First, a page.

Urine Charge! EV vs. Bladder Is a Whole New Kind of Range Anxiety

bladder vs ev battery
EV vs. Bladder: Urine ChargeIllustration By Violet Frances - Car and Driver

From the May/June issue of Car and Driver.

Like a Hollywood director looking to cast a leading role, EV buyers want something with range. And often, they want lots of it. But how much range is more than enough? The 70 miles we got from the now-discontinued Mazda MX-30 on our highway range test may fall far short of customer needs, but is the 410-mile figure we measured from a Lucid Air Grand Touring overkill? That's the equivalent of five and a half hours of highway driving, or about as long as—if not longer than—many well-hydrated drivers (or not-so-well-hydrated drivers of a certain age) can go between pit stops. It also far surpasses the three- to four-hour window between bathroom breaks that Dr. Giulia Lane, assistant professor of urology at the University of Michigan, recommends.

There's little harm in occasionally holding it in longer, but there are long-term risks if you regularly push your bladder's limits. The bladder is a muscle, and continually overstretching it may lead to decreased sensation—that feeling you get when you have to go—and increased difficulty when it comes time to relieve yourself.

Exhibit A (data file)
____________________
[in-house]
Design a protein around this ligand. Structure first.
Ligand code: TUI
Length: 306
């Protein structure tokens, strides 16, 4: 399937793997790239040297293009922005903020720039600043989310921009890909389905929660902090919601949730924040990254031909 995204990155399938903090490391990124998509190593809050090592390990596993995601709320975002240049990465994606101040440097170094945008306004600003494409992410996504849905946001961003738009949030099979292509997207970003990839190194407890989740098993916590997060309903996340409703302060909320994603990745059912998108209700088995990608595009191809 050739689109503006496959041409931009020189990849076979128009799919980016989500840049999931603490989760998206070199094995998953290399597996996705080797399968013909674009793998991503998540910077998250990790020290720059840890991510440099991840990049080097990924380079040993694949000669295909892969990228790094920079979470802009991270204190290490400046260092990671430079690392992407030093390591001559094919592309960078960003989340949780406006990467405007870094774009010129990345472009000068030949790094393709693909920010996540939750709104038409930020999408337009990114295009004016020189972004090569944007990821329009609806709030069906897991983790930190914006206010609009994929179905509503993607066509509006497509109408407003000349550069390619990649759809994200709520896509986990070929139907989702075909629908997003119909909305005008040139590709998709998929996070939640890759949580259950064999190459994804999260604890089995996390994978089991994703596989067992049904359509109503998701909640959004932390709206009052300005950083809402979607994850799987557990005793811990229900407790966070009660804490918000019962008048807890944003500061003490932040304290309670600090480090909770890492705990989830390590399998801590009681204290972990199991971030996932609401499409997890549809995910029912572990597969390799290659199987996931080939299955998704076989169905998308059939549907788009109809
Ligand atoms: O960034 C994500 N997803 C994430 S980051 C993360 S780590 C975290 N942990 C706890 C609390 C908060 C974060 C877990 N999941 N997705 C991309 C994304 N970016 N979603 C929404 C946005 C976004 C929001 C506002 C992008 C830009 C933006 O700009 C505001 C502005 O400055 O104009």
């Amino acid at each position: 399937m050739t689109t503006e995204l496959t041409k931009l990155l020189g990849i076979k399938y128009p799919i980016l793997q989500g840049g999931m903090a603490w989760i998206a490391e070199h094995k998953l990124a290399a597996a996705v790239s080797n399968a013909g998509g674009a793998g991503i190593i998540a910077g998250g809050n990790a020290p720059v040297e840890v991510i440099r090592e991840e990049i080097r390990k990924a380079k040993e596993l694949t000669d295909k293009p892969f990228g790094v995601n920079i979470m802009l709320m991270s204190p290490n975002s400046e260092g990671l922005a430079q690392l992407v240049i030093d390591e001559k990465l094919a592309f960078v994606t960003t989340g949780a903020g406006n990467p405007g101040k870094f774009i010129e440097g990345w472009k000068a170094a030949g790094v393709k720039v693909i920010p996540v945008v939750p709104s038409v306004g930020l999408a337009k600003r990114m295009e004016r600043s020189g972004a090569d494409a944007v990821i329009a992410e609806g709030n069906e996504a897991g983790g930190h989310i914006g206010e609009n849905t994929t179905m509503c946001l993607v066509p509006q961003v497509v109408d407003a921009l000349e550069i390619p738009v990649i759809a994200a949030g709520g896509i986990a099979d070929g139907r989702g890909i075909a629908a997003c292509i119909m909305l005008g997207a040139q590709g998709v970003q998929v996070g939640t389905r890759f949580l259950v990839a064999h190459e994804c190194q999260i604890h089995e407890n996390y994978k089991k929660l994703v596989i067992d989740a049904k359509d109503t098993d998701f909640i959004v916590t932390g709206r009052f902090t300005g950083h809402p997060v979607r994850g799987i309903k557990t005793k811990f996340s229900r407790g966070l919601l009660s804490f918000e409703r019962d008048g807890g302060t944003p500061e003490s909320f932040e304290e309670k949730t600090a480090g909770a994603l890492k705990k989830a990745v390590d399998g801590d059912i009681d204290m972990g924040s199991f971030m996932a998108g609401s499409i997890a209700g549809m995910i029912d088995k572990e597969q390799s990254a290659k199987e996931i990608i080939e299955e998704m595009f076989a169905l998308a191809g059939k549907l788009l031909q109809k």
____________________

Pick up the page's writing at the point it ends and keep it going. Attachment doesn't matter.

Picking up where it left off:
1. A well-hydrated average healthy adult produces approximately 60 to 100 milliliters of urine per hour—or a soda can's worth of urine every three and a half to six hours—that the body stores in the bladder, which can hold around 400 milliliters of liquid. Once the bladder is about half full, it triggers a feeling Dr. Lane calls "first desire."

  2. Next is "strong desire," which occurs when the bladder is around 75 to 90 percent full. Unless you have the willpower of the King's Guard, "you're going to pull over at the next station, and you're going to be parking quickly and running," says Lane. Those with the bladder of a racehorse may manage up to a little over five hours of driving before reaching this point. Most healthy adults will last four hours, while others may barely make it three.

  3. Your bladder still has around 50 to 100 milliliters of room left in it, though, and if you decide to push on, you may make it another hour or so before reaching full capacity, which, in nonmedical terms, is "essentially pulling over on the side of the highway and peeing on the side of the road," Lane says. "The more likely outcome is that you're going to wet yourself." Your bladder shrinks from about the size of a grapefruit to roughly that of a lemon. Your car's interior, meanwhile, goes from smelling innocuous to reeking like a college-campus port-a-potty on game day.

bladder vs ev battery
When "empty," the bladder holds less than two tablespoons of urine. At full capacity, though, it holds more than a pint. ThatIllustration By Violet Frances - Car and Driver

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